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Is the Four Corners Site Inaccurate?

There are only so many places where you can be in four states at once, and Four Corners is one such spot.

Found in the Southwest, this gorgeous area includes nearby mountains, sand dunes, rivers, and forests to explore. So, where is it (and is it really legit)? 

Read on to discover more about the Four Corners Monument and its local area.

Let’s go!

Where Are the Four Corners Located?

In the arid desert region near the San Juan River, Colorado, Arizona, New Mexico, and Utah all come together in one place. Before the United States existed, the four corners region was home to the Anasazi. From 200 BCE to 1500 CE, they dominated trade in the area between native tribes. You can still see where they settled in the mountains surrounding the region.

When the Spanish invaders came in the 1500s, new diseases decimated the local tribes. The Anasazi disappeared. The four corners region became part of colonial Mexico until their independence from Spain in 1821. After 1848, this region became part of the United States. It was part of what the US won from Mexico in the Mexican-American War. 

As the Civil War raged from 1861 to 1865, the US government decided to divide the New Mexico Territory. Congress created the Arizona Territory from the western region of New Mexico Territory in 1863. In 1875, the government tasked surveyor Chandler Robbins with surveying the boundaries of Arizona and New Mexico Territories. 

Congress usually followed latitude and longitudinal lines when drawing state boundaries. For the four corners region, they simply continued the border of Colorado south. When Chandler Robbins went out to survey, he was given the coordinates for what became Four Corners.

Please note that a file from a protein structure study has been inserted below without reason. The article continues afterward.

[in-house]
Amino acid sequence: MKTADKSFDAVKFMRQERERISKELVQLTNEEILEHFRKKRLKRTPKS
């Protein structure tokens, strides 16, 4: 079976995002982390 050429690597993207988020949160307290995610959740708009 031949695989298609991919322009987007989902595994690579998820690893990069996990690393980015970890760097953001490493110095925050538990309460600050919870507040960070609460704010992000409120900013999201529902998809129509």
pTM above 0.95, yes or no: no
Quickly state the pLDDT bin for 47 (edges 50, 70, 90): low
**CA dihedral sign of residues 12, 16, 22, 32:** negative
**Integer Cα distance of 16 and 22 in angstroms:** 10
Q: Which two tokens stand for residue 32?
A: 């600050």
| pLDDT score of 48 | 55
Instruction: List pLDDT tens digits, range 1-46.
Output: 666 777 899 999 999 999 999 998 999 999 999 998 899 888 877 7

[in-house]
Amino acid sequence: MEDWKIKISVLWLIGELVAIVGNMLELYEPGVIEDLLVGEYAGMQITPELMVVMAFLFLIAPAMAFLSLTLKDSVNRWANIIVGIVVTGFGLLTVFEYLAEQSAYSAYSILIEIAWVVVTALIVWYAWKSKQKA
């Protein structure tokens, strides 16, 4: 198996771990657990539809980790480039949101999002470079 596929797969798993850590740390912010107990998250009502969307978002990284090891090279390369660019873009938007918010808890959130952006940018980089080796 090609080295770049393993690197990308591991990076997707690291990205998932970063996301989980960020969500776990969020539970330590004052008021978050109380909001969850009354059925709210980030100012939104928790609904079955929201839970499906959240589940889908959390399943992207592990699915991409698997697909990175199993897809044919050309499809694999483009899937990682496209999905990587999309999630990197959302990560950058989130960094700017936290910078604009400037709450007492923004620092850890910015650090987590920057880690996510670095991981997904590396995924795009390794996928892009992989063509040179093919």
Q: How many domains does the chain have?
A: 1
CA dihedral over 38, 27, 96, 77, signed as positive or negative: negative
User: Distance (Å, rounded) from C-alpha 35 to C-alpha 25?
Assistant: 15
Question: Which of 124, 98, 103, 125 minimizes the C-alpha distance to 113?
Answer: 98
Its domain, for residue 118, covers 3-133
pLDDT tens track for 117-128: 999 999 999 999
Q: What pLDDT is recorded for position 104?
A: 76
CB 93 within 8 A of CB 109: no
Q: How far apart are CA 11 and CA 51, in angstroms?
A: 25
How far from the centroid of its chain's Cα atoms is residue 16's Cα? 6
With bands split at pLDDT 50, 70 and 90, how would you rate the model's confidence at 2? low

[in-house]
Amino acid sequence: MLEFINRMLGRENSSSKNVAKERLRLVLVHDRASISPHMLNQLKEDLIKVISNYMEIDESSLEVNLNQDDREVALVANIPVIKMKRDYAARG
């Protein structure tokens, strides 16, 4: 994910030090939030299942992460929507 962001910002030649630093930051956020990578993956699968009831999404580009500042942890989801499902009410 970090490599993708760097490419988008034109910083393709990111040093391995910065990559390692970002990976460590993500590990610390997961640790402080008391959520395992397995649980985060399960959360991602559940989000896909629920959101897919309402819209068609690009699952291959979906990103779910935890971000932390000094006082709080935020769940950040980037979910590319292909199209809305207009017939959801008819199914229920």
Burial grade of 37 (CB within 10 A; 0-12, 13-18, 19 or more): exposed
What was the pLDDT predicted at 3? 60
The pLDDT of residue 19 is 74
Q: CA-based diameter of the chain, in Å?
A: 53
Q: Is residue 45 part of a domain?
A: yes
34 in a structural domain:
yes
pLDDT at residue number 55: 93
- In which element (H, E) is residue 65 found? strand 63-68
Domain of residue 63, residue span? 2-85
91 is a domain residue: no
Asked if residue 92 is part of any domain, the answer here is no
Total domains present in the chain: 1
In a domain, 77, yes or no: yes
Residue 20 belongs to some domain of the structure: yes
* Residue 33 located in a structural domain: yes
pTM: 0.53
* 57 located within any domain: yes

He was to place a marker at 109°3 minutes west, which he did to the best of his ability. More on that later. 

Four Corners Monument in Navajo Nation.
Visit the Four Corners Monument in Navajo Nation.

About the Four Corners Monument

The current Four Corners Monument is part of the Navajo Nation, the Hopi tribal reserve, the Zuni tribal reserve, and the Ute Mountain tribal reserve. The Navajo Nation administers the monument officially called the Four Corners Monument Navajo Tribal Park. 

The park featured a brass marker set in concrete by surveyor Everett Kimmell in 1931. However, in the 1960s, the park was completely rebuilt. It now features a large aluminum disc set in elevated concrete. Surrounding the disc are the flags of the nations and states represented. In all, there are nine flags, the four state flags, the tribal flags, and the American flag. 

In the area, there is no shortage of natural beauty to see. Monument Valley Navajo Tribal Park, Mesa Verde National Park, Arches National Park, and Canyonlands National Park are all close and worth visiting. 

Within a 40 minute drive, you can also visit Shiprock, New Mexico, which features the massive Shiprock peak. This peak has special significance to the tribes in the area and is a sight to see. 

Pro Tip: If you’re visiting Arches National Park, use these tips on How to Spend a Day in Arches National Park.